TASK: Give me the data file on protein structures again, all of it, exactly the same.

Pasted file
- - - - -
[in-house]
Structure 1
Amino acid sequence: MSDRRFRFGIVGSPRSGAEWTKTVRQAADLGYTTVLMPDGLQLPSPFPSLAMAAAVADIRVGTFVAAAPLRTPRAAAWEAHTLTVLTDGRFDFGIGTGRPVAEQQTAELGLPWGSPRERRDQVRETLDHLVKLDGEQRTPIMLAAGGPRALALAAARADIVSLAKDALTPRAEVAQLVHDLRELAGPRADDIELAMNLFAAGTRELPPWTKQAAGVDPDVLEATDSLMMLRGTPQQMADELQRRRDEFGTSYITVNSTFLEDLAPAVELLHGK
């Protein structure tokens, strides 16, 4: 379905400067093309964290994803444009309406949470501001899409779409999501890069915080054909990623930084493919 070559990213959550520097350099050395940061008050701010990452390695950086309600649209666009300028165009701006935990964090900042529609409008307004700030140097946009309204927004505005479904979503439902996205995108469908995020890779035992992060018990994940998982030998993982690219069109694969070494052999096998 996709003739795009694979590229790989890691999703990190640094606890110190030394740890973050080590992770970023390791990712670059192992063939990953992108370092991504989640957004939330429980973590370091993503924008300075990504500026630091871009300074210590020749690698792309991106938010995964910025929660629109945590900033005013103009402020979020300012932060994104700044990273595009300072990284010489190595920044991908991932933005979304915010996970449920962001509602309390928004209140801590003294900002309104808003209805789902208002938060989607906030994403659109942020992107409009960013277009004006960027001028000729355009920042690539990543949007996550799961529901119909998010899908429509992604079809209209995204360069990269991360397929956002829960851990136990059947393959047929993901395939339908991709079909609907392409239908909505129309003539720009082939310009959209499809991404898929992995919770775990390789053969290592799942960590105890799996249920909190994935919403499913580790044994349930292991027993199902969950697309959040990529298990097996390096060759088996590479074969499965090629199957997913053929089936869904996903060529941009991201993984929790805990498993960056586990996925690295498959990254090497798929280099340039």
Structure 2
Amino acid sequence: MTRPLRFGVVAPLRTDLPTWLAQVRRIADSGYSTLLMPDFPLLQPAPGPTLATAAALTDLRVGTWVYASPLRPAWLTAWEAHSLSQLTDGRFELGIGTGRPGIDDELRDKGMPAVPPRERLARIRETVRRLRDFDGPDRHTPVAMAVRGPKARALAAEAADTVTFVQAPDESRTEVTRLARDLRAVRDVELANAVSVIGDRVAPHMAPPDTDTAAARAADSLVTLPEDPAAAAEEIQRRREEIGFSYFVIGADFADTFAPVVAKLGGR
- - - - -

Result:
[in-house]
Structure 1
Amino acid sequence: MSDRRFRFGIVGSPRSGAEWTKTVRQAADLGYTTVLMPDGLQLPSPFPSLAMAAAVADIRVGTFVAAAPLRTPRAAAWEAHTLTVLTDGRFDFGIGTGRPVAEQQTAELGLPWGSPRERRDQVRETLDHLVKLDGEQRTPIMLAAGGPRALALAAARADIVSLAKDALTPRAEVAQLVHDLRELAGPRADDIELAMNLFAAGTRELPPWTKQAAGVDPDVLEATDSLMMLRGTPQQMADELQRRRDEFGTSYITVNSTFLEDLAPAVELLHGK
């Protein structure tokens, strides 16, 4: 379905400067093309964290994803444009309406949470501001899409779409999501890069915080054909990623930084493919 070559990213959550520097350099050395940061008050701010990452390695950086309600649209666009300028165009701006935990964090900042529609409008307004700030140097946009309204927004505005479904979503439902996205995108469908995020890779035992992060018990994940998982030998993982690219069109694969070494052999096998 996709003739795009694979590229790989890691999703990190640094606890110190030394740890973050080590992770970023390791990712670059192992063939990953992108370092991504989640957004939330429980973590370091993503924008300075990504500026630091871009300074210590020749690698792309991106938010995964910025929660629109945590900033005013103009402020979020300012932060994104700044990273595009300072990284010489190595920044991908991932933005979304915010996970449920962001509602309390928004209140801590003294900002309104808003209805789902208002938060989607906030994403659109942020992107409009960013277009004006960027001028000729355009920042690539990543949007996550799961529901119909998010899908429509992604079809209209995204360069990269991360397929956002829960851990136990059947393959047929993901395939339908991709079909609907392409239908909505129309003539720009082939310009959209499809991404898929992995919770775990390789053969290592799942960590105890799996249920909190994935919403499913580790044994349930292991027993199902969950697309959040990529298990097996390096060759088996590479074969499965090629199957997913053929089936869904996903060529941009991201993984929790805990498993960056586990996925690295498959990254090497798929280099340039």
Structure 2
Amino acid sequence: MTRPLRFGVVAPLRTDLPTWLAQVRRIADSGYSTLLMPDFPLLQPAPGPTLATAAALTDLRVGTWVYASPLRPAWLTAWEAHSLSQLTDGRFELGIGTGRPGIDDELRDKGMPAVPPRERLARIRETVRRLRDFDGPDRHTPVAMAVRGPKARALAAEAADTVTFVQAPDESRTEVTRLARDLRAVRDVELANAVSVIGDRVAPHMAPPDTDTAAARAADSLVTLPEDPAAAAEEIQRRREEIGFSYFVIGADFADTFAPVVAKLGGR